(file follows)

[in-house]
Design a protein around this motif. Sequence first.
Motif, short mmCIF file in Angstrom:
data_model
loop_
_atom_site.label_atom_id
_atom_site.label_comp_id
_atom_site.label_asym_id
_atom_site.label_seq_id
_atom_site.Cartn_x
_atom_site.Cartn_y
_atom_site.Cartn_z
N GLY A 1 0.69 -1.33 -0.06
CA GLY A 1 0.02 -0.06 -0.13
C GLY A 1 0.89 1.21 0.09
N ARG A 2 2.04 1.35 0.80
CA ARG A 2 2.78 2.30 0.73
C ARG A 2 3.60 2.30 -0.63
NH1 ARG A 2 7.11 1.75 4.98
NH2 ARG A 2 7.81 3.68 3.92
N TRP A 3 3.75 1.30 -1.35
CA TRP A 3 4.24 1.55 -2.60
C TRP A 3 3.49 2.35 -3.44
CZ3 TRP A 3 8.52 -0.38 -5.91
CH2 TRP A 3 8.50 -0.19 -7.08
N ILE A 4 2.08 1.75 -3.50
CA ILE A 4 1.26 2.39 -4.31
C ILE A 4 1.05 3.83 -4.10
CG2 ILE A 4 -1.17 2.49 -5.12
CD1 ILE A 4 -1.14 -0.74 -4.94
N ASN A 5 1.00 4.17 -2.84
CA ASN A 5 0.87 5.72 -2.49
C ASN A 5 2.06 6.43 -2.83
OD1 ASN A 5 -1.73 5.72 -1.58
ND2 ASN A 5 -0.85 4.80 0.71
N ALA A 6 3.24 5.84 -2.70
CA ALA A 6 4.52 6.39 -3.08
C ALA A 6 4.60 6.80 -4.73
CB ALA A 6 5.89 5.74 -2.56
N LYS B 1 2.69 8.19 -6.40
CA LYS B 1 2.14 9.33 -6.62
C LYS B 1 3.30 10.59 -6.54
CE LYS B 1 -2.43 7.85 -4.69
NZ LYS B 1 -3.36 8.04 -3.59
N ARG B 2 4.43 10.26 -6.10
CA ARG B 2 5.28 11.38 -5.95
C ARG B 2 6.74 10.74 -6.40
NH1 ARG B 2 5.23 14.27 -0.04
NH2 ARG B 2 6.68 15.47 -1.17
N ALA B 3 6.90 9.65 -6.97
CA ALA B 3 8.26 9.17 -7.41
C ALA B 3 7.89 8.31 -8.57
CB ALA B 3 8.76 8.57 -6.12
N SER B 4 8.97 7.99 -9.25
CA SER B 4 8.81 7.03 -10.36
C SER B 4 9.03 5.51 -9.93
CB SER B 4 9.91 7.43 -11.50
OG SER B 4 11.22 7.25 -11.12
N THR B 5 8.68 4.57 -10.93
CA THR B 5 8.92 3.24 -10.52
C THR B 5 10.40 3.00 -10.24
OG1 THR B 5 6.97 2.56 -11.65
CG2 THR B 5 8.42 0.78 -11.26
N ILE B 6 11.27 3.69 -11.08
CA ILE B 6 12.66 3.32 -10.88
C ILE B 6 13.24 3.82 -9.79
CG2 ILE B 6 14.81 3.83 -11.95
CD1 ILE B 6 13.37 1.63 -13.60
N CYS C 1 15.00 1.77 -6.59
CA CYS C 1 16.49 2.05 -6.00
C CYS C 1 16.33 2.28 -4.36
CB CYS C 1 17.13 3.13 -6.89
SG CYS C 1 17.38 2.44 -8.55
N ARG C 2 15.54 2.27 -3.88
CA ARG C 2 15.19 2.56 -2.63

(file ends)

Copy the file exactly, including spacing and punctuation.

[in-house]
Design a protein around this motif. Sequence first.
Motif, short mmCIF file in Angstrom:
data_model
loop_
_atom_site.label_atom_id
_atom_site.label_comp_id
_atom_site.label_asym_id
_atom_site.label_seq_id
_atom_site.Cartn_x
_atom_site.Cartn_y
_atom_site.Cartn_z
N GLY A 1 0.69 -1.33 -0.06
CA GLY A 1 0.02 -0.06 -0.13
C GLY A 1 0.89 1.21 0.09
N ARG A 2 2.04 1.35 0.80
CA ARG A 2 2.78 2.30 0.73
C ARG A 2 3.60 2.30 -0.63
NH1 ARG A 2 7.11 1.75 4.98
NH2 ARG A 2 7.81 3.68 3.92
N TRP A 3 3.75 1.30 -1.35
CA TRP A 3 4.24 1.55 -2.60
C TRP A 3 3.49 2.35 -3.44
CZ3 TRP A 3 8.52 -0.38 -5.91
CH2 TRP A 3 8.50 -0.19 -7.08
N ILE A 4 2.08 1.75 -3.50
CA ILE A 4 1.26 2.39 -4.31
C ILE A 4 1.05 3.83 -4.10
CG2 ILE A 4 -1.17 2.49 -5.12
CD1 ILE A 4 -1.14 -0.74 -4.94
N ASN A 5 1.00 4.17 -2.84
CA ASN A 5 0.87 5.72 -2.49
C ASN A 5 2.06 6.43 -2.83
OD1 ASN A 5 -1.73 5.72 -1.58
ND2 ASN A 5 -0.85 4.80 0.71
N ALA A 6 3.24 5.84 -2.70
CA ALA A 6 4.52 6.39 -3.08
C ALA A 6 4.60 6.80 -4.73
CB ALA A 6 5.89 5.74 -2.56
N LYS B 1 2.69 8.19 -6.40
CA LYS B 1 2.14 9.33 -6.62
C LYS B 1 3.30 10.59 -6.54
CE LYS B 1 -2.43 7.85 -4.69
NZ LYS B 1 -3.36 8.04 -3.59
N ARG B 2 4.43 10.26 -6.10
CA ARG B 2 5.28 11.38 -5.95
C ARG B 2 6.74 10.74 -6.40
NH1 ARG B 2 5.23 14.27 -0.04
NH2 ARG B 2 6.68 15.47 -1.17
N ALA B 3 6.90 9.65 -6.97
CA ALA B 3 8.26 9.17 -7.41
C ALA B 3 7.89 8.31 -8.57
CB ALA B 3 8.76 8.57 -6.12
N SER B 4 8.97 7.99 -9.25
CA SER B 4 8.81 7.03 -10.36
C SER B 4 9.03 5.51 -9.93
CB SER B 4 9.91 7.43 -11.50
OG SER B 4 11.22 7.25 -11.12
N THR B 5 8.68 4.57 -10.93
CA THR B 5 8.92 3.24 -10.52
C THR B 5 10.40 3.00 -10.24
OG1 THR B 5 6.97 2.56 -11.65
CG2 THR B 5 8.42 0.78 -11.26
N ILE B 6 11.27 3.69 -11.08
CA ILE B 6 12.66 3.32 -10.88
C ILE B 6 13.24 3.82 -9.79
CG2 ILE B 6 14.81 3.83 -11.95
CD1 ILE B 6 13.37 1.63 -13.60
N CYS C 1 15.00 1.77 -6.59
CA CYS C 1 16.49 2.05 -6.00
C CYS C 1 16.33 2.28 -4.36
CB CYS C 1 17.13 3.13 -6.89
SG CYS C 1 17.38 2.44 -8.55
N ARG C 2 15.54 2.27 -3.88
CA ARG C 2 15.19 2.56 -2.63